Broussard singled up the middle on the first pitch. Johjima flew out high to Mauer (calling off Redmond, who quickly had to scurry away) behind the plate on the first pitch. Betancourt bounced the second pitch to short to start what would have been a 6-4-3 double play if not for Betancourt's speed (Broussard was out at second). Lopez bounced to Rodriguez behind the bag at third, who slid to his right to make the play and threw to first, where Morneau made a nice pick, making the play reek of Web Gem. Needless to say, Rodriguez was due up to lead off the next half-inning for the Twins. Silva threw six pitches and had 63 through five.
Rodriguez flew out to Ichiro in shallow center on a 2-0 pitch. Bartlett grounded a 1-2 pitch behind the bag at third, where Beltre went to his right to make yet another play look easy, keeping his feet and slinging the ball across the diamond to get Bartlett at first. Castillo flew out to left on a 2-2 pitch. Woods threw 13 pitches and had 79 total.
Woods' line: 5 2/3 innings, 2 runs, 4 hits, 2 walks, 1 strikeout, 79 pitches (49 strikes)
Ichiro grazed the second pitch nearly off the ground and dumped it into shallow left for a single. Beltre looped a pitch into shallow center that Tyner went after, though he faked catching it and let it drop as Ichiro was just quick enough to get to second in time to beat a possible force play on what was a single. Vidro popped a 3-1 pitch high to left. Ibañez rode the second pitch all the way to the track in center in front of the 405-foot marker, where Tyner hauled it in and Ichiro tagged and moved to third. Sexson took a first-pitch ball, then Ron Gardenhire and the infield met with Silva on the mound. Sexson promptly pulled his hands in and lined the next pitch into the third row of seats to score Ichiro and Beltre.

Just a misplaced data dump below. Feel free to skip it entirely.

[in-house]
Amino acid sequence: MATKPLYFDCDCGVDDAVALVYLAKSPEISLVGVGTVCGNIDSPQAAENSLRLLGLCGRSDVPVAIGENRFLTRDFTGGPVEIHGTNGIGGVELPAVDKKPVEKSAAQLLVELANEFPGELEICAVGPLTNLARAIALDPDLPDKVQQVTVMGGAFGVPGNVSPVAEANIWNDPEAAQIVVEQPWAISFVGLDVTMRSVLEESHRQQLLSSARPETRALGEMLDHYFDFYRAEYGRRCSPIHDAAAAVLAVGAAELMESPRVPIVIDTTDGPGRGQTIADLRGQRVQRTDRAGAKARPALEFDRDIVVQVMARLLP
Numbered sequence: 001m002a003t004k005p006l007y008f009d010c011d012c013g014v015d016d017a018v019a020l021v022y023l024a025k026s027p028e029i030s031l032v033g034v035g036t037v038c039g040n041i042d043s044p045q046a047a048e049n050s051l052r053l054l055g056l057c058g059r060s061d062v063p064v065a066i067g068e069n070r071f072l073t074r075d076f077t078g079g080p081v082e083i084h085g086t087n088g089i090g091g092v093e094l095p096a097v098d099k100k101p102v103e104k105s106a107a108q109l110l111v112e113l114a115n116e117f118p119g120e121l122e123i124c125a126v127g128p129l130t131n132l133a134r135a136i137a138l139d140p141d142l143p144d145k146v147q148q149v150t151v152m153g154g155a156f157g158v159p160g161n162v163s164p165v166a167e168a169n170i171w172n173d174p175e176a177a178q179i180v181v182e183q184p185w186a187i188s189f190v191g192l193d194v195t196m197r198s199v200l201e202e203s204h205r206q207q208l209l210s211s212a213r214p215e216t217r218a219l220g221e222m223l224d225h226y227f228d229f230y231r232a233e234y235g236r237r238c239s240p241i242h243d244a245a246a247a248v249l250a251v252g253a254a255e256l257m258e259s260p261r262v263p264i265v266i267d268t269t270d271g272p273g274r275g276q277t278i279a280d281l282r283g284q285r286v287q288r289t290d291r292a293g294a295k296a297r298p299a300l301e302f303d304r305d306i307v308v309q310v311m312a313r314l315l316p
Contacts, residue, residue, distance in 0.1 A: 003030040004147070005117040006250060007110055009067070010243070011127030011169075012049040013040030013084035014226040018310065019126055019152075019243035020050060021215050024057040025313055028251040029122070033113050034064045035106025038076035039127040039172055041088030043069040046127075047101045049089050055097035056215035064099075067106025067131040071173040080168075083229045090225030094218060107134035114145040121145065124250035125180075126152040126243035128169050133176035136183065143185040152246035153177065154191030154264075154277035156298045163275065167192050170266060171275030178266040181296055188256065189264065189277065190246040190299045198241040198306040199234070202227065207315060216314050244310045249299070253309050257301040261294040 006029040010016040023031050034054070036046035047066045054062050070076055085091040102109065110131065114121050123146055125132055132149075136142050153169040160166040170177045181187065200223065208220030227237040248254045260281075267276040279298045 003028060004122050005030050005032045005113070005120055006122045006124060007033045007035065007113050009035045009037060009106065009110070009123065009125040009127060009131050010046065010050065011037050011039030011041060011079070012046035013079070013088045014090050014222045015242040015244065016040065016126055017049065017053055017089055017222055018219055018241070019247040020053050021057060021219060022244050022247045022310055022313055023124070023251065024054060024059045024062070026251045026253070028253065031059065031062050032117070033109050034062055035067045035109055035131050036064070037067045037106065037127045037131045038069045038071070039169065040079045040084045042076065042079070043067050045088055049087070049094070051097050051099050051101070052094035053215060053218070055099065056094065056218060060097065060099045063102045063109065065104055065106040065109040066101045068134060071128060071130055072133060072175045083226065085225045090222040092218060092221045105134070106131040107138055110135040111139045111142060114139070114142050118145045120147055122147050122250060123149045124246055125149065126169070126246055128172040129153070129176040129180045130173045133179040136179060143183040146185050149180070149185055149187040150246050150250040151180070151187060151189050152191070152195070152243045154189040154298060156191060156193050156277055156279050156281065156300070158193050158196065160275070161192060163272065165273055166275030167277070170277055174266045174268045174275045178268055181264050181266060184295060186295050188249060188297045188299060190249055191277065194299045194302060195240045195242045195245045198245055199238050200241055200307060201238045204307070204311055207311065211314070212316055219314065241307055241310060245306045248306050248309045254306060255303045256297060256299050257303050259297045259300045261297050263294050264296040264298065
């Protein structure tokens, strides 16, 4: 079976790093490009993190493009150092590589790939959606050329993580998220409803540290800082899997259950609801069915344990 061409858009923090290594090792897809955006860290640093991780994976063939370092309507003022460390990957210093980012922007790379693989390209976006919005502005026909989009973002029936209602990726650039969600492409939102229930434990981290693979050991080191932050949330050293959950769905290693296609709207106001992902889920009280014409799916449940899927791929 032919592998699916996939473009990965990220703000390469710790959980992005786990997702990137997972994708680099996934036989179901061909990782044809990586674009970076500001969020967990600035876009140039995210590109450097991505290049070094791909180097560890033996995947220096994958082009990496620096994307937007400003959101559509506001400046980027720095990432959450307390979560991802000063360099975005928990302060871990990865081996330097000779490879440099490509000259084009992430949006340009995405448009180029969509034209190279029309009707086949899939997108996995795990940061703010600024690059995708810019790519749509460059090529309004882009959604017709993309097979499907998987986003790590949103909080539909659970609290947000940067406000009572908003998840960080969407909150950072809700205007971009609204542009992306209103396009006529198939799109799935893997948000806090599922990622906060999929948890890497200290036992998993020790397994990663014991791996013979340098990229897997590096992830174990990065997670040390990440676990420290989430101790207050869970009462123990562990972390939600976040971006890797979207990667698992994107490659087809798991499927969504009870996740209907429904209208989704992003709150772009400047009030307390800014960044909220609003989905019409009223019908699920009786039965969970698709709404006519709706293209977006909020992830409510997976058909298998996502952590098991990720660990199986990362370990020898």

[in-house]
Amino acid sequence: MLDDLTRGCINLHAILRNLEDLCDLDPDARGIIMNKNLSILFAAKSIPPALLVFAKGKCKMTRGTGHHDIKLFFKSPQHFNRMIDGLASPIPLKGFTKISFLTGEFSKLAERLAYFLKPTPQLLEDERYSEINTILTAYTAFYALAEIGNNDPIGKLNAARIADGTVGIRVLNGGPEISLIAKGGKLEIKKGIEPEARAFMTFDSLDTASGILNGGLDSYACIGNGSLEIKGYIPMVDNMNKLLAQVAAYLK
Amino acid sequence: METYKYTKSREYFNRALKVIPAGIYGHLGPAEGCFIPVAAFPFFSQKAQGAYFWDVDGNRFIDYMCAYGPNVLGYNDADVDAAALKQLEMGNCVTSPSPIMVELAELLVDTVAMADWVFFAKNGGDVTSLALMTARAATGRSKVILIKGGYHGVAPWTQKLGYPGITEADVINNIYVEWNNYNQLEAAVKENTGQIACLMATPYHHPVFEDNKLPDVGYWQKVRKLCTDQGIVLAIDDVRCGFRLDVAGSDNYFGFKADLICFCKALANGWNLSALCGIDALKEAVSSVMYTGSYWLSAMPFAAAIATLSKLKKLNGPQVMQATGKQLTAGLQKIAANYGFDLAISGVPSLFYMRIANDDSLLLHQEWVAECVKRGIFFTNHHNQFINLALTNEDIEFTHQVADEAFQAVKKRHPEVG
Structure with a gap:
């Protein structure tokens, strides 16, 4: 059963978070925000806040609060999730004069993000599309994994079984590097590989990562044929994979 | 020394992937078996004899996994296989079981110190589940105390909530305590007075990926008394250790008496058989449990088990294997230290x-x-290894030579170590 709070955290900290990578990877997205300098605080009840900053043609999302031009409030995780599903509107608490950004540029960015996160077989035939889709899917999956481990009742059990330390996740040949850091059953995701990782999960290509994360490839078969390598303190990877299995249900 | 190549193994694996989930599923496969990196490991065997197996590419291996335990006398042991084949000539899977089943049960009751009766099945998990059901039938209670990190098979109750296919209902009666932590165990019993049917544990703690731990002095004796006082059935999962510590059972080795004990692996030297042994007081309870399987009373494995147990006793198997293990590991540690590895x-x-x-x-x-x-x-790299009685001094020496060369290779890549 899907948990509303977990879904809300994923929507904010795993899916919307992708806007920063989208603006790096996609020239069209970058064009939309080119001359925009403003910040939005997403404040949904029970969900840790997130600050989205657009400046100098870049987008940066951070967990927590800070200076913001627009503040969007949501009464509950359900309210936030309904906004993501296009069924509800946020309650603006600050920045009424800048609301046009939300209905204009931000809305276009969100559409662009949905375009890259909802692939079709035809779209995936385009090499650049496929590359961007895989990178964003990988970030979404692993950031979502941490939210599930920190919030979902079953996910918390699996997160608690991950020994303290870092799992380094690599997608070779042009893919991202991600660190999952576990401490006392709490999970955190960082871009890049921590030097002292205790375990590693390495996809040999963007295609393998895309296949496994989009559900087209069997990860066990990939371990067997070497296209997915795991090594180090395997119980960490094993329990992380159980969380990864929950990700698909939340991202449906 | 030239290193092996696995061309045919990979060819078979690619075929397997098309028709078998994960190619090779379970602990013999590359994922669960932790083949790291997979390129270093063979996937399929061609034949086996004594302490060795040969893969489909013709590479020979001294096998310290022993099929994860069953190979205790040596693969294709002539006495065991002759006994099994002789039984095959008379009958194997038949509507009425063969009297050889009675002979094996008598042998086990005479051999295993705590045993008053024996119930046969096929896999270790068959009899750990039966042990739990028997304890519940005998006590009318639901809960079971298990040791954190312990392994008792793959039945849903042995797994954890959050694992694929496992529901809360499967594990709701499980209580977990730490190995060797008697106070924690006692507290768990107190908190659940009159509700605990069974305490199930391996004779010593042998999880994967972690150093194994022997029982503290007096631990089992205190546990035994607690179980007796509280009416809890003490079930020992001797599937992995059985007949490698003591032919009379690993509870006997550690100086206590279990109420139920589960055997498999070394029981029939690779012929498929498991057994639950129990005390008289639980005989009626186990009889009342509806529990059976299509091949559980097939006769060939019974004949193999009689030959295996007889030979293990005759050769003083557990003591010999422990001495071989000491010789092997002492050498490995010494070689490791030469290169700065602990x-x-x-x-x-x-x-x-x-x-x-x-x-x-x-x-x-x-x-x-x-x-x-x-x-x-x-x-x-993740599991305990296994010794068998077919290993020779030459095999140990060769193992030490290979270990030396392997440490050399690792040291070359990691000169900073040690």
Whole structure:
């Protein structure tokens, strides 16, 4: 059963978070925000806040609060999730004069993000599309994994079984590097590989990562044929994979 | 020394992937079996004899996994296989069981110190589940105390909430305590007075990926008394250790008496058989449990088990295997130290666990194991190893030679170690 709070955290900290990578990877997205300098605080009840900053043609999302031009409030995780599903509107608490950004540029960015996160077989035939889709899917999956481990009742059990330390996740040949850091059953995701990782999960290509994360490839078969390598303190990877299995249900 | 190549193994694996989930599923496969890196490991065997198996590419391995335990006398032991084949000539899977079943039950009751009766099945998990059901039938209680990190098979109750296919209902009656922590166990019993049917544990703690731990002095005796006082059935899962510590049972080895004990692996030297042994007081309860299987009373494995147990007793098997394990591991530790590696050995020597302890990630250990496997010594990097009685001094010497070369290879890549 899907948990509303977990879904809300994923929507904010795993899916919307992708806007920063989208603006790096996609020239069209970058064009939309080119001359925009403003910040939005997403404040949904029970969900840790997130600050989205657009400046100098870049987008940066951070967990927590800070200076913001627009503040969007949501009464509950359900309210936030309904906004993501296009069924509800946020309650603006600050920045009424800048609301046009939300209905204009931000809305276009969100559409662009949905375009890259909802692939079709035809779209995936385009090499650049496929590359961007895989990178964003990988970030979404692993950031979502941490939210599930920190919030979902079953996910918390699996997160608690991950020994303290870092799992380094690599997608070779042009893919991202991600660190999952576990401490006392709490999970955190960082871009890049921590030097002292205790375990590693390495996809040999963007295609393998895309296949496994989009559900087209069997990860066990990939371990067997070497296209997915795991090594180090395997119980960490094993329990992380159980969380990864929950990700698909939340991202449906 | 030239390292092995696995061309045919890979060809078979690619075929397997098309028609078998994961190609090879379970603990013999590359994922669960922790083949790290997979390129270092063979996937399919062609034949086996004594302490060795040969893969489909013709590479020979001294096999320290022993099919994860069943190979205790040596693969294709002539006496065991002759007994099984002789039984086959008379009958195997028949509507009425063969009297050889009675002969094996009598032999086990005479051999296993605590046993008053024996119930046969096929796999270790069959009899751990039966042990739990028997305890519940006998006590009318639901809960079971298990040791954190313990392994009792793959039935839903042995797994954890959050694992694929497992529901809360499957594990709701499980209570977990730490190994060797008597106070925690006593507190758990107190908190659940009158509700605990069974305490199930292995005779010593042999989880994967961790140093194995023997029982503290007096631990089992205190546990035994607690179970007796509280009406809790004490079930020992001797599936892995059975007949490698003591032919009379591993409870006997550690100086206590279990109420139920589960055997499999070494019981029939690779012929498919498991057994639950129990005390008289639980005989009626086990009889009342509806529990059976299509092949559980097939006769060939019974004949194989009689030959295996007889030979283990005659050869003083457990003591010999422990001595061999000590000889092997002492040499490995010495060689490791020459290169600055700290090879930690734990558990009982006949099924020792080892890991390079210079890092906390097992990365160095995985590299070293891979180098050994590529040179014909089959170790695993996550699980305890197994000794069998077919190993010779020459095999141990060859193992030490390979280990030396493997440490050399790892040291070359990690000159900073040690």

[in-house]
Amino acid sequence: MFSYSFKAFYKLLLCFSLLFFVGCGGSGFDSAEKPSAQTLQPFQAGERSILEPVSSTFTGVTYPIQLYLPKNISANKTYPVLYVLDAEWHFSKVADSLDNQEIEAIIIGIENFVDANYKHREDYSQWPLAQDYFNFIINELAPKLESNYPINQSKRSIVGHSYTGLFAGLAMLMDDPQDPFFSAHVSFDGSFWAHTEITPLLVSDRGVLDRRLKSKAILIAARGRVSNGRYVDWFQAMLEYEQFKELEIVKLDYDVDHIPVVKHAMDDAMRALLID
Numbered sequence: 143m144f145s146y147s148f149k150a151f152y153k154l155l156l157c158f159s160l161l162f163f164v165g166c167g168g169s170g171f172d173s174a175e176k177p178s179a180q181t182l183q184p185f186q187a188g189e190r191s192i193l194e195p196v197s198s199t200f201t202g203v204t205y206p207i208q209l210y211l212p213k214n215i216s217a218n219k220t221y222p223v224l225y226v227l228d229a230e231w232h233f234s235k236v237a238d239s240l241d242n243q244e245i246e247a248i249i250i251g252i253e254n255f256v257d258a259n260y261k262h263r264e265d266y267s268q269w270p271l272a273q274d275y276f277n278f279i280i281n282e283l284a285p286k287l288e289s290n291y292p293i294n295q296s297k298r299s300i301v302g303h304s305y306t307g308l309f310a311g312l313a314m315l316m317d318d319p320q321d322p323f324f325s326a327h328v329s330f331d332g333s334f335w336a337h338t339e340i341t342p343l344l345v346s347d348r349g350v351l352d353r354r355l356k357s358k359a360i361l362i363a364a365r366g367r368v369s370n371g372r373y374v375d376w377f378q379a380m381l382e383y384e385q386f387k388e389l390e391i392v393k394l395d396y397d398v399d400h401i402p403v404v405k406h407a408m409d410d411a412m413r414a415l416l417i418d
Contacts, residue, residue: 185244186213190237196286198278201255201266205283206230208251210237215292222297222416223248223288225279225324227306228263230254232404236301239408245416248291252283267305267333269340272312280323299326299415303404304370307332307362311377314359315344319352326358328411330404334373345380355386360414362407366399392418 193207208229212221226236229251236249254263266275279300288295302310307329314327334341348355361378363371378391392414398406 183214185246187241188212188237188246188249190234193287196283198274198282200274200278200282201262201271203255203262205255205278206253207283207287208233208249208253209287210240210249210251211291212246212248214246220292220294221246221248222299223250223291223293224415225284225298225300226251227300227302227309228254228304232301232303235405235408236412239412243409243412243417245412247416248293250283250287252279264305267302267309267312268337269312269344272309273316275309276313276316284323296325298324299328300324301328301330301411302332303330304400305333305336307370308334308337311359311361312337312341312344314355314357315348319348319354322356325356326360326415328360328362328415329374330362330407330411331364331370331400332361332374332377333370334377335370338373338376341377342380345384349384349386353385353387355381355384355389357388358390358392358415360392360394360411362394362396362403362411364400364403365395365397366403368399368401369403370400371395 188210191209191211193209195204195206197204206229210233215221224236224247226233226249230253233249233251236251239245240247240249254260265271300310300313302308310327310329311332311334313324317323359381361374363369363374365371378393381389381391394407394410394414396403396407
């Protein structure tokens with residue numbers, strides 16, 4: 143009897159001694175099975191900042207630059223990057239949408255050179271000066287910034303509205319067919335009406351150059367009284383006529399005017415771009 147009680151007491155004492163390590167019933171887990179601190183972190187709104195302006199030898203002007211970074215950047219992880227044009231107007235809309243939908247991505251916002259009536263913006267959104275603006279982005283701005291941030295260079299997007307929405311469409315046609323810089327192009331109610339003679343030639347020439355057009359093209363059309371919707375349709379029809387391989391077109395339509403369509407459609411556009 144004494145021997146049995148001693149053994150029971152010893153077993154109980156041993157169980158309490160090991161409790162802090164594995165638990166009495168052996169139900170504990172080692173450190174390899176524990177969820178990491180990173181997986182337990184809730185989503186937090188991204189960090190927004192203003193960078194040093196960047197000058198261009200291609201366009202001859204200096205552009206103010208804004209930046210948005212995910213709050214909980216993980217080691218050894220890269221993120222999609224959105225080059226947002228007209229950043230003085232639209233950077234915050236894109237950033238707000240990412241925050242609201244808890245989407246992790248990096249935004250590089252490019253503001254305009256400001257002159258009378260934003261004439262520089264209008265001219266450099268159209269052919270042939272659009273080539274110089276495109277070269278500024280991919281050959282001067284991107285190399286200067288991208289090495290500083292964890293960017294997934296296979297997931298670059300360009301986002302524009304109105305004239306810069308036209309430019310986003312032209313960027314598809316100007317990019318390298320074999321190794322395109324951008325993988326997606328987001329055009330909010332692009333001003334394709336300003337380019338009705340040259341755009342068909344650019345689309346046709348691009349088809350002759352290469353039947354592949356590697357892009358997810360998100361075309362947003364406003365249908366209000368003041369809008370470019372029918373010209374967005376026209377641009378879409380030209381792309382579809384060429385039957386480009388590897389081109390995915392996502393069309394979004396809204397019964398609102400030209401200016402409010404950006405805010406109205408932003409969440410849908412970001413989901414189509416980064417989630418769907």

»» TWINS 5, MARINERS 3
Broussard tagged a grounder to first (3-1 putout). Silva threw 17 pitches and had 80 through six.
Tyner nubbed back to the mound. Mauer worked a 1-2 count full but lined out to left. Cuddyer popped the first pitch to Johjima in front of the Mariner dugout. Sherrill threw 11 pitches.
Johjima hit a sinking liner on an 0-2 pitch, and it went into left, where Kubel made an attempt on a sliding catch, but it went in and out of Kubel's mitt as Ichiro had the single. Betancourt popped high to second on the first pitch. Lopez lasered a 2-0 pitch through the left side for a single, moving Johjima to second. Immediately, Gardenhire popped up out of the visitors' dugout.